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ComEd, Peco Expect Rapid Merger Review

ComEd, Peco Expect Rapid Merger Review

Commonwealth Edison and PECO Energy told regulators last week they are expecting approval of their mega-merger in near record time because of a long list of expected merger benefits and few apparent regulatory hurdles. They filed applications and notices of reorganization last week with FERC, the Pennsylvania PUC and the Illinois Commerce Commission.

They claim their flawless combination will "enhance electric competition, foster FERC's independent transmission system initiatives, protect both wholesale and retail customers, and ensure sufficient, safe, reliable, low-cost and clean energy for consumers." They also believe the merger meets all FERC criteria for approval.

The deal "is another pro-competitive step by companies already in the vanguard of competition," they told FERC. As a result, they have asked for final regulatory approval in time for the transaction to be consummated in September of next year, one year after being announced (see NGI, Sept. 27). Mergers if this type typically require at least 15 months for approval.

The ComEd-Peco merger of equals would form the largest domestic electric utility holding company with five million customers, assets worth $37 billion and total revenues of $12.4 billion. It would also be the largest nuclear operator in the U.S. with assets located in the Midwest and Northeast. According to the deal shareholders would receive shares in the new holding company with the opportunity to elect to receive cash ($45 per PE share or $42.75 per UCM share) at closing on a prorational basis. Each company will have $750 million of its outstanding shares repurchased before or simultaneous with closing.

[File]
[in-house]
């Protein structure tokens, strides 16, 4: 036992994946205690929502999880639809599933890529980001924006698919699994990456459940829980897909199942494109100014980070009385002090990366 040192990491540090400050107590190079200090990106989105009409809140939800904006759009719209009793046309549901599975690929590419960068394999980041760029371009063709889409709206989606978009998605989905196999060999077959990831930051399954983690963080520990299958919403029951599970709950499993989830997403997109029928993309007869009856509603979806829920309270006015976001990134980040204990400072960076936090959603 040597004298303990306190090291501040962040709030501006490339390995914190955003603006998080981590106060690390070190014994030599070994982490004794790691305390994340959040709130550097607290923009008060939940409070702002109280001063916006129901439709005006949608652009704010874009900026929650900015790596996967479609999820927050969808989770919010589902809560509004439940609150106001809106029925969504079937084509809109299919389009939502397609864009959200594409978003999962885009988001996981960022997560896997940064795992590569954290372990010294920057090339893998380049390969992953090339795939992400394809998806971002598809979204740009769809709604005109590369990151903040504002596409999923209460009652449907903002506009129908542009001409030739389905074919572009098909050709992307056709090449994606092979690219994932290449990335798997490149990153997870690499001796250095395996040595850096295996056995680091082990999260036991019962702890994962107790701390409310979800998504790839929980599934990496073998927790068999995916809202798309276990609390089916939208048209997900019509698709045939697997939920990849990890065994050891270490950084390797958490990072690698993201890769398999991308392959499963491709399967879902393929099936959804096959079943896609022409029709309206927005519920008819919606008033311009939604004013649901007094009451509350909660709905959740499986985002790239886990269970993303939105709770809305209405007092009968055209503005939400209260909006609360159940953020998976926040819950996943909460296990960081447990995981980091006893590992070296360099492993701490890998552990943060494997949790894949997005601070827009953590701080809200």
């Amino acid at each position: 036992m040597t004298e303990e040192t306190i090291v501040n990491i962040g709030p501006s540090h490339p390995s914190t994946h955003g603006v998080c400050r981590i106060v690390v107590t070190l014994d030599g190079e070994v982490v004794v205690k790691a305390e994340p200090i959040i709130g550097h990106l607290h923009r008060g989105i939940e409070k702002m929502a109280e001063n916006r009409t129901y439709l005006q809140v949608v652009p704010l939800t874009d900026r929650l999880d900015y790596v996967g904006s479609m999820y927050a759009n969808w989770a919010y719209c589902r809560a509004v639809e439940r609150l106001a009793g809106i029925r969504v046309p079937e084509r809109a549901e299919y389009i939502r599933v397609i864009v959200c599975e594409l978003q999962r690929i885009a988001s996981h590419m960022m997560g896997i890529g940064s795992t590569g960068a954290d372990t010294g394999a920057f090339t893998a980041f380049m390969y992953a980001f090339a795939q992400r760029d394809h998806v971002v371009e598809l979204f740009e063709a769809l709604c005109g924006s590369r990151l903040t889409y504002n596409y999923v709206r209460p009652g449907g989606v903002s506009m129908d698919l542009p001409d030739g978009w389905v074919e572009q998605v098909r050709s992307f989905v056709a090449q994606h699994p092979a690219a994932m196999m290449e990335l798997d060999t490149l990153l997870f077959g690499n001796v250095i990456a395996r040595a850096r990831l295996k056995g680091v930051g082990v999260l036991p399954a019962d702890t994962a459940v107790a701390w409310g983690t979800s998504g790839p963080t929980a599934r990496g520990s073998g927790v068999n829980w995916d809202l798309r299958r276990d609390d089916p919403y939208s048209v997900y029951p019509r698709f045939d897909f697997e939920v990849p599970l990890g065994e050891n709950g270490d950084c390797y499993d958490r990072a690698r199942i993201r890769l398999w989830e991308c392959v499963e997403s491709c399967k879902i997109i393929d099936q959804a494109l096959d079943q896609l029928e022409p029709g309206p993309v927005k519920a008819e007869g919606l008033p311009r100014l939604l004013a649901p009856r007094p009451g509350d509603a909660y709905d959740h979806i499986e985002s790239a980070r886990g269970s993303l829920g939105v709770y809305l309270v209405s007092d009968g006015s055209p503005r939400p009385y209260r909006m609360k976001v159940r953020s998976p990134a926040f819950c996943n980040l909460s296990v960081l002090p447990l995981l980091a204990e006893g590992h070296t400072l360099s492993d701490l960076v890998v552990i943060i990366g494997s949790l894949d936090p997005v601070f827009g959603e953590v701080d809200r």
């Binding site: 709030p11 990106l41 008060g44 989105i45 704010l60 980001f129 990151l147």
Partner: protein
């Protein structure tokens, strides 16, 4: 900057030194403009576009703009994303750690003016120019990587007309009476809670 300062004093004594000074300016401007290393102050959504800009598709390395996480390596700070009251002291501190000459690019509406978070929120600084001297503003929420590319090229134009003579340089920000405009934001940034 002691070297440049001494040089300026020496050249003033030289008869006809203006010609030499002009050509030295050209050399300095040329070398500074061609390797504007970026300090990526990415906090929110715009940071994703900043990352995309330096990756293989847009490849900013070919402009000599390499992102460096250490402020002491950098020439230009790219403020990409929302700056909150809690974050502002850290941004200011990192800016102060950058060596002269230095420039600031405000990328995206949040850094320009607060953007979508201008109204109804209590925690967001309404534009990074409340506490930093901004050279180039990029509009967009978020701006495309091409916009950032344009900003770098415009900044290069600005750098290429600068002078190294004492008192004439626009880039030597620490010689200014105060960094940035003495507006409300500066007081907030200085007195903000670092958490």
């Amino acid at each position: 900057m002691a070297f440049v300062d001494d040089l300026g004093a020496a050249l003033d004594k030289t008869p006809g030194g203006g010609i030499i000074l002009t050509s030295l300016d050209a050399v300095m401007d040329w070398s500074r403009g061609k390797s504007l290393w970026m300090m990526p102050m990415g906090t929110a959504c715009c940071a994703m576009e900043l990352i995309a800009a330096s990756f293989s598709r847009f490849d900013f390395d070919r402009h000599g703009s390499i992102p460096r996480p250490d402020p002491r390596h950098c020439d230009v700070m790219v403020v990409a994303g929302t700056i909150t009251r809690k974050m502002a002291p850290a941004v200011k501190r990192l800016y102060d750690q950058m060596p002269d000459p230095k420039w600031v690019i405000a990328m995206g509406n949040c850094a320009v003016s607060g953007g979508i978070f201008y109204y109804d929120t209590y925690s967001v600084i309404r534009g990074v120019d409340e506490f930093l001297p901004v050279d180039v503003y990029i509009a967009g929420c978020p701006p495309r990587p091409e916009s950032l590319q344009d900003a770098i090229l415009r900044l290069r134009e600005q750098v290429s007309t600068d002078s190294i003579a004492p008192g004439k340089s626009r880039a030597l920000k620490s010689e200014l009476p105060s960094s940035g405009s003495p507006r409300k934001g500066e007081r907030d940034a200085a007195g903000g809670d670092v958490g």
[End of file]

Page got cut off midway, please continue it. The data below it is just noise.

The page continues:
To avoid any issue regarding post-merger market power, the applicants agreed that Philadelphia-based PECO will sell its 300 MW sales agreement with Chicago-based ComEd, which has been in place since 1996, to an unaffiliated buyer as promptly as possible after the merger is consummated.

The filing also indicates that existing provisions in their wholesale power requirements already "ensure that customers will not experience a rate change as a result of the merger." Nevertheless, they have committed to "hold their requirements and transmission customers harmless from net merger-related costs." Also, both ComEd and PECO have retail rate freezes or caps in effect.

To meet a requirement of the Public Utility Holding Company Act (PUHCA) that the two electric utilities be interconnected, they assured regulators that "they are effectively interconnected through a portfolio of transmission arrangements on third-party transmission systems. This portfolio is highly effective, reliable and economical, and will enable the applicants to move power across the system when it is economical to do so."

PECO asked the Pennsylvania PUC to authorize the formation of a holding company, and to approve the merger of the newly formed holding company with Unicom, as well as the transfer of certain assets and common facilities from PECO Energy to newly established corporate affiliates.

Rocco Canonica

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